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Chad Gaffield recently returned to the University of Ottawa after serving as President and CEO of the Social Sciences and Humanities Research Council of Canada (SSHRC) during 2006-2014. An expert on the sociocultural history of 19th- and 20th-century Canada, Gaffield led the interdisciplinary, multi-institutional and cross-sectoral Canadian Century Research Infrastructure (CCRI) initiative, one of Canada’s largest and most innovative research projects in the social sciences and humanities. By developing digital technology to mine historical census enumerations and documentary evidence, CCRI enables unprecedented temporal and spatial analyses of the forces that have shaped the twentieth century. Previous initiatives included Gaffield’s studies of linguistic relations in Ontario, socio-demographic change in the Ottawa Valley, and childhood and family history during the nineteenth-century development of mass schooling. A fellow of the Royal Society of Canada, he received the RSC’s 2004 J.B. Tyrrell Historical Medal for his outstanding contribution to the study of Canada. Gaffield is now Professor of History and University Research Chair in Digital Scholarship. He received his BA (Hons) and MA from McGill University and his PhD from the University of Toronto.
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Dr. Kramer is James McGill Professor in the Departments of Pediatrics and of Epidemiology, Biostatistics and Occupational Health at the McGill University Faculty of Medicine and Director of the Centre for Outcomes Research and Evaluation at the Research Institute of the McGill University Health Centre. He has been both a National Health Research Scholar and Research Scientist of Health Canada’s National Health Research and Development Program, Chercheur-boursier sénior (senior research scientist) of the Fonds de la recherche en santé du Québec (FRSQ), and Distinguished Scientist of the Canadian Institutes of Health Research (CIHR). He has been principal investigator on several large, multicentre epidemiologic studies and randomized trials in maternal and child health. A member of four expert committees of the U.S. Institute of Medicine, in 1997-98 Dr. Kramer served as President of the Society of Pediatric and Perinatal Epidemiologic Research. From 1995 to 2001, he chaired the Steering Committee of the Canadian Perinatal Surveillance System and from 2003 to 2011, served as the Scientific Director of CIHR’s Institute of Human Development and Child and Youth Health. In 2011, Dr. Kramer was elected a Fellow of the Royal Society of Canada in the Life Sciences Division of the Academy of Science.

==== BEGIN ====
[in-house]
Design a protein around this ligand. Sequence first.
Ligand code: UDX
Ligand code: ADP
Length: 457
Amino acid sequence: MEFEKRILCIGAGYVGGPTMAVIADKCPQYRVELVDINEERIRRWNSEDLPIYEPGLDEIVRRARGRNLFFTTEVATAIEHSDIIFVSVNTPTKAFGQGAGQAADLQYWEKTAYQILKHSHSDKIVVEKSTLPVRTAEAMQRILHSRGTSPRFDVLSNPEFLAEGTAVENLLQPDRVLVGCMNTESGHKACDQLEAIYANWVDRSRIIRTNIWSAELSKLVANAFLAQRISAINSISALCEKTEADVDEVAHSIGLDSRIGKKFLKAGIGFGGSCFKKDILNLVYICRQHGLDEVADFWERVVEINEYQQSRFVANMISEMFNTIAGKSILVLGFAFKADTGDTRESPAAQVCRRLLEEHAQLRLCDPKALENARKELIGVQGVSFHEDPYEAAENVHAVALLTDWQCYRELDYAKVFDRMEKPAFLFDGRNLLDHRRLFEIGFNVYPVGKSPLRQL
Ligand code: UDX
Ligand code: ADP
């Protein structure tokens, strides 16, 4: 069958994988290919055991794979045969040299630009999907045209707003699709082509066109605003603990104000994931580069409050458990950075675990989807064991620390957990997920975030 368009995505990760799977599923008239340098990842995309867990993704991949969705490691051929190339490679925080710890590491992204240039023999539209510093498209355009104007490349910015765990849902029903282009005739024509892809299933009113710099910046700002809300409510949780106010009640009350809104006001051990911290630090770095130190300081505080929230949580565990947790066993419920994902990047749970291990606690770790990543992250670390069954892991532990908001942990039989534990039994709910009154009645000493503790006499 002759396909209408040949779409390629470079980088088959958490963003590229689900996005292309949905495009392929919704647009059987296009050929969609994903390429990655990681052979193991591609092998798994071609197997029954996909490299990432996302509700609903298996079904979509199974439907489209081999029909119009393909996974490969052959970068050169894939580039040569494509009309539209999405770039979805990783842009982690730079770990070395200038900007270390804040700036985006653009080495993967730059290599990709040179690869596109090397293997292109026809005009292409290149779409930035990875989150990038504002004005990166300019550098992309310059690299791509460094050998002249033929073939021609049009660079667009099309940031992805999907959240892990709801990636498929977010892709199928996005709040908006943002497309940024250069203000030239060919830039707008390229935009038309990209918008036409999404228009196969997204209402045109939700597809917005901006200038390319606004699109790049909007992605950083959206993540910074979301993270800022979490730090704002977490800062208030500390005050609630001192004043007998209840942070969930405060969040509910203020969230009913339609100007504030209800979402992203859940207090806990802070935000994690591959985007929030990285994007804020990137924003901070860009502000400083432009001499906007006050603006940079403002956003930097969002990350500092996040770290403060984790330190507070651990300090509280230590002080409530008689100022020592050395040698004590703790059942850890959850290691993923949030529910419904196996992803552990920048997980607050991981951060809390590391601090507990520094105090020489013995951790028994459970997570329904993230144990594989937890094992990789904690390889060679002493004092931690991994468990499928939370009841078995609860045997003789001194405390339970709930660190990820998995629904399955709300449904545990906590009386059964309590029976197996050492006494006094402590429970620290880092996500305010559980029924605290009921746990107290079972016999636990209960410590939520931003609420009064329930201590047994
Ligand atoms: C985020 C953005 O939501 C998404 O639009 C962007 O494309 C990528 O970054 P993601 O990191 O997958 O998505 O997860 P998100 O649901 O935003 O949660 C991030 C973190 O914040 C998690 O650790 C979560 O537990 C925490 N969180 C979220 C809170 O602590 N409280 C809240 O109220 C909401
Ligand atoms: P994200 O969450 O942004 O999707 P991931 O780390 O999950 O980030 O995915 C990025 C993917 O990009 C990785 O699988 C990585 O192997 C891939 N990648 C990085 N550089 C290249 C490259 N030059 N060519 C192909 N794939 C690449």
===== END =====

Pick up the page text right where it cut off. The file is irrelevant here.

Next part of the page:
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Wesley Yung is Director of the Business Survey Methods Division of Statistics Canada. He holds a BSc and MSc from Dalhousie University and a PhD, all in statistics, from Carleton University. He has over 25 years experience at Statistics Canada and has been involved in all aspects of Business and Household surveys. His research interests include variance estimation, integration of administrative data in surveys and collection research.
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Before becoming Director of the Pacific Climate Impacts Consortium, Dr. Zwiers served as a Research Scientist (1984-2006), Chief of the Canadian Centre for Climate Modelling and Analysis (1997-2006) and Director of the Climate Research Division (2006-2010), all at Environment Canada. He is an Adjunct Professor in the Dept. of Mathematics and Statistics of the University of Victoria and in the Dept. of Statistics and Actuarial Science of Simon Fraser University. His expertise is in the application of statistical methods to the analysis of observed and simulated climate variability and change. Dr. Zwiers is a Fellow of the Royal Society of Canada and of the American Meteorological Society, a recipient of the Patterson Medal, has served as an IPCC Coordinating Lead Author of the Fourth Assessment Report, and is an elected member of the IPCC Bureau.